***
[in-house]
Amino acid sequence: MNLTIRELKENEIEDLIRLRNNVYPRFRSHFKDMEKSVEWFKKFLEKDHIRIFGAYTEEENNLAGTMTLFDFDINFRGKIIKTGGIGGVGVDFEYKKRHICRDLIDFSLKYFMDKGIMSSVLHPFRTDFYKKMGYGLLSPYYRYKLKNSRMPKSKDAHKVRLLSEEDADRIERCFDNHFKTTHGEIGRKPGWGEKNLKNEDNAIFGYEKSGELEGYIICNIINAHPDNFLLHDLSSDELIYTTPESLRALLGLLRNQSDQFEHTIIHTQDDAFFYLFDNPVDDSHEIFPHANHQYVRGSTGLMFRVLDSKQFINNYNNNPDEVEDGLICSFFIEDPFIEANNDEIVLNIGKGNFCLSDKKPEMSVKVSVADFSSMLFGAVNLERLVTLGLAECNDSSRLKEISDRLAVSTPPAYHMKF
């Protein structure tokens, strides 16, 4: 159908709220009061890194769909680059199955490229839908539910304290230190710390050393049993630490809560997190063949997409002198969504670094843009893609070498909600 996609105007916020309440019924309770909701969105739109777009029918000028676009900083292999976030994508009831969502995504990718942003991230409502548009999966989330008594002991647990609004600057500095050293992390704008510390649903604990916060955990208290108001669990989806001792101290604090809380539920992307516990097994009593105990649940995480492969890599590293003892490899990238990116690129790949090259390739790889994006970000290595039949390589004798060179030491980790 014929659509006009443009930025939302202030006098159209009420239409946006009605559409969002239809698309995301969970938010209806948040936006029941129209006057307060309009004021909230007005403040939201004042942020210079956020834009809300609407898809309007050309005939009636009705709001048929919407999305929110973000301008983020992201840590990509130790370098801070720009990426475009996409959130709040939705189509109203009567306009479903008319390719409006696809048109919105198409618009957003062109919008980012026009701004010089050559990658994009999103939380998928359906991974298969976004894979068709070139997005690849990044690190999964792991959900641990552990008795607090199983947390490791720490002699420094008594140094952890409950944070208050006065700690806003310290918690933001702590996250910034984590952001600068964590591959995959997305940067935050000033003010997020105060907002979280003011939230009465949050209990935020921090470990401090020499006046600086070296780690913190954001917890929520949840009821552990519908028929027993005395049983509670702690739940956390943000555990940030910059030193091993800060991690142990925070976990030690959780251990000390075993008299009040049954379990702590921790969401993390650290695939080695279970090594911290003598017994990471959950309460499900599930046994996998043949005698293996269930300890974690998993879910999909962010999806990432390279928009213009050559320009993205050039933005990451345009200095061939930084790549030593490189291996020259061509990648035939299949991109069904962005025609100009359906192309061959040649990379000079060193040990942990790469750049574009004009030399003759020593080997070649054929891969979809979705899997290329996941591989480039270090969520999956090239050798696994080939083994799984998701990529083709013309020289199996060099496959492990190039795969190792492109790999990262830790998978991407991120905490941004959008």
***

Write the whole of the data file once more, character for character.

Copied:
[in-house]
Amino acid sequence: MNLTIRELKENEIEDLIRLRNNVYPRFRSHFKDMEKSVEWFKKFLEKDHIRIFGAYTEEENNLAGTMTLFDFDINFRGKIIKTGGIGGVGVDFEYKKRHICRDLIDFSLKYFMDKGIMSSVLHPFRTDFYKKMGYGLLSPYYRYKLKNSRMPKSKDAHKVRLLSEEDADRIERCFDNHFKTTHGEIGRKPGWGEKNLKNEDNAIFGYEKSGELEGYIICNIINAHPDNFLLHDLSSDELIYTTPESLRALLGLLRNQSDQFEHTIIHTQDDAFFYLFDNPVDDSHEIFPHANHQYVRGSTGLMFRVLDSKQFINNYNNNPDEVEDGLICSFFIEDPFIEANNDEIVLNIGKGNFCLSDKKPEMSVKVSVADFSSMLFGAVNLERLVTLGLAECNDSSRLKEISDRLAVSTPPAYHMKF
């Protein structure tokens, strides 16, 4: 159908709220009061890194769909680059199955490229839908539910304290230190710390050393049993630490809560997190063949997409002198969504670094843009893609070498909600 996609105007916020309440019924309770909701969105739109777009029918000028676009900083292999976030994508009831969502995504990718942003991230409502548009999966989330008594002991647990609004600057500095050293992390704008510390649903604990916060955990208290108001669990989806001792101290604090809380539920992307516990097994009593105990649940995480492969890599590293003892490899990238990116690129790949090259390739790889994006970000290595039949390589004798060179030491980790 014929659509006009443009930025939302202030006098159209009420239409946006009605559409969002239809698309995301969970938010209806948040936006029941129209006057307060309009004021909230007005403040939201004042942020210079956020834009809300609407898809309007050309005939009636009705709001048929919407999305929110973000301008983020992201840590990509130790370098801070720009990426475009996409959130709040939705189509109203009567306009479903008319390719409006696809048109919105198409618009957003062109919008980012026009701004010089050559990658994009999103939380998928359906991974298969976004894979068709070139997005690849990044690190999964792991959900641990552990008795607090199983947390490791720490002699420094008594140094952890409950944070208050006065700690806003310290918690933001702590996250910034984590952001600068964590591959995959997305940067935050000033003010997020105060907002979280003011939230009465949050209990935020921090470990401090020499006046600086070296780690913190954001917890929520949840009821552990519908028929027993005395049983509670702690739940956390943000555990940030910059030193091993800060991690142990925070976990030690959780251990000390075993008299009040049954379990702590921790969401993390650290695939080695279970090594911290003598017994990471959950309460499900599930046994996998043949005698293996269930300890974690998993879910999909962010999806990432390279928009213009050559320009993205050039933005990451345009200095061939930084790549030593490189291996020259061509990648035939299949991109069904962005025609100009359906192309061959040649990379000079060193040990942990790469750049574009004009030399003759020593080997070649054929891969979809979705899997290329996941591989480039270090969520999956090239050798696994080939083994799984998701990529083709013309020289199996060099496959492990190039795969190792492109790999990262830790998978991407991120905490941004959008």